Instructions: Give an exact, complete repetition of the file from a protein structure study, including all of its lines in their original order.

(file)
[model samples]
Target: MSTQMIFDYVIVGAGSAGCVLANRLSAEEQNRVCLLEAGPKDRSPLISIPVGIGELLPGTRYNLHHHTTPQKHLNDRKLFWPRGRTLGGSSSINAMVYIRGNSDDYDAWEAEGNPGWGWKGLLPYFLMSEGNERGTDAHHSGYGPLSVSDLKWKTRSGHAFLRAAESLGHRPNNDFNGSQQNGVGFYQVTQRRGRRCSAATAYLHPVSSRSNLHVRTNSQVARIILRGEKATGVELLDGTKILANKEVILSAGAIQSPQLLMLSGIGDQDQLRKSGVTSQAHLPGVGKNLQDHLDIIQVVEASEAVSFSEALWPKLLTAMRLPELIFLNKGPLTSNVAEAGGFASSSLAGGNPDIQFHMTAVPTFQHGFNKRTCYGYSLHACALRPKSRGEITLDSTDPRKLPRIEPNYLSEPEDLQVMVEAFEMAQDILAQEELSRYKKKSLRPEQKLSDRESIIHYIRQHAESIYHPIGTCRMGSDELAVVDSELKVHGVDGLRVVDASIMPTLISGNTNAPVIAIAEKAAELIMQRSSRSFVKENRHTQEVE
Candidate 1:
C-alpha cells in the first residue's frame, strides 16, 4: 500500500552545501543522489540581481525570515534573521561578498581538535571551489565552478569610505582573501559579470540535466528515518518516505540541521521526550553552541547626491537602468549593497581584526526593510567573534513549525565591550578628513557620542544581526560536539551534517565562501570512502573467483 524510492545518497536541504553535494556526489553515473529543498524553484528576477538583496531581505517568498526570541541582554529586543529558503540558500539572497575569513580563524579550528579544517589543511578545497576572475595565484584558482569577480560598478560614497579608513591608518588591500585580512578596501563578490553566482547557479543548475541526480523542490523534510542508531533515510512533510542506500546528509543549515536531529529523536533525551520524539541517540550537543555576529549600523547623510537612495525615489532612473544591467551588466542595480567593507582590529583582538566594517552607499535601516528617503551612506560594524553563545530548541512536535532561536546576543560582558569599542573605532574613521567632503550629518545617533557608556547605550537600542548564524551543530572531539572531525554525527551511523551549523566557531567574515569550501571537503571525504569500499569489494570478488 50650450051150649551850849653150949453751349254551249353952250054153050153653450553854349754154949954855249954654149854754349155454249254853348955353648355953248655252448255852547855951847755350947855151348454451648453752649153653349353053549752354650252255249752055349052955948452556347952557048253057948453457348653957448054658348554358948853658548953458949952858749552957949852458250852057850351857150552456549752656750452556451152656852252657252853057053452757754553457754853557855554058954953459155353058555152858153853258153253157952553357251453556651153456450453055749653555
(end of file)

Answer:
[model samples]
Target: MSTQMIFDYVIVGAGSAGCVLANRLSAEEQNRVCLLEAGPKDRSPLISIPVGIGELLPGTRYNLHHHTTPQKHLNDRKLFWPRGRTLGGSSSINAMVYIRGNSDDYDAWEAEGNPGWGWKGLLPYFLMSEGNERGTDAHHSGYGPLSVSDLKWKTRSGHAFLRAAESLGHRPNNDFNGSQQNGVGFYQVTQRRGRRCSAATAYLHPVSSRSNLHVRTNSQVARIILRGEKATGVELLDGTKILANKEVILSAGAIQSPQLLMLSGIGDQDQLRKSGVTSQAHLPGVGKNLQDHLDIIQVVEASEAVSFSEALWPKLLTAMRLPELIFLNKGPLTSNVAEAGGFASSSLAGGNPDIQFHMTAVPTFQHGFNKRTCYGYSLHACALRPKSRGEITLDSTDPRKLPRIEPNYLSEPEDLQVMVEAFEMAQDILAQEELSRYKKKSLRPEQKLSDRESIIHYIRQHAESIYHPIGTCRMGSDELAVVDSELKVHGVDGLRVVDASIMPTLISGNTNAPVIAIAEKAAELIMQRSSRSFVKENRHTQEVE
Candidate 1:
C-alpha cells in the first residue's frame, strides 16, 4: 500500500552545501543522489540581481525570515534573521561578498581538535571551489565552478569610505582573501559579470540535466528515518518516505540541521521526550553552541547626491537602468549593497581584526526593510567573534513549525565591550578628513557620542544581526560536539551534517565562501570512502573467483 524510492545518497536541504553535494556526489553515473529543498524553484528576477538583496531581505517568498526570541541582554529586543529558503540558500539572497575569513580563524579550528579544517589543511578545497576572475595565484584558482569577480560598478560614497579608513591608518588591500585580512578596501563578490553566482547557479543548475541526480523542490523534510542508531533515510512533510542506500546528509543549515536531529529523536533525551520524539541517540550537543555576529549600523547623510537612495525615489532612473544591467551588466542595480567593507582590529583582538566594517552607499535601516528617503551612506560594524553563545530548541512536535532561536546576543560582558569599542573605532574613521567632503550629518545617533557608556547605550537600542548564524551543530572531539572531525554525527551511523551549523566557531567574515569550501571537503571525504569500499569489494570478488 50650450051150649551850849653150949453751349254551249353952250054153050153653450553854349754154949954855249954654149854754349155454249254853348955353648355953248655252448255852547855951847755350947855151348454451648453752649153653349353053549752354650252255249752055349052955948452556347952557048253057948453457348653957448054658348554358948853658548953458949952858749552957949852458250852057850351857150552456549752656750452556451152656852252657252853057053452757754553457754853557855554058954953459155353058555152858153853258153253157952553357251453556651153456450453055749653555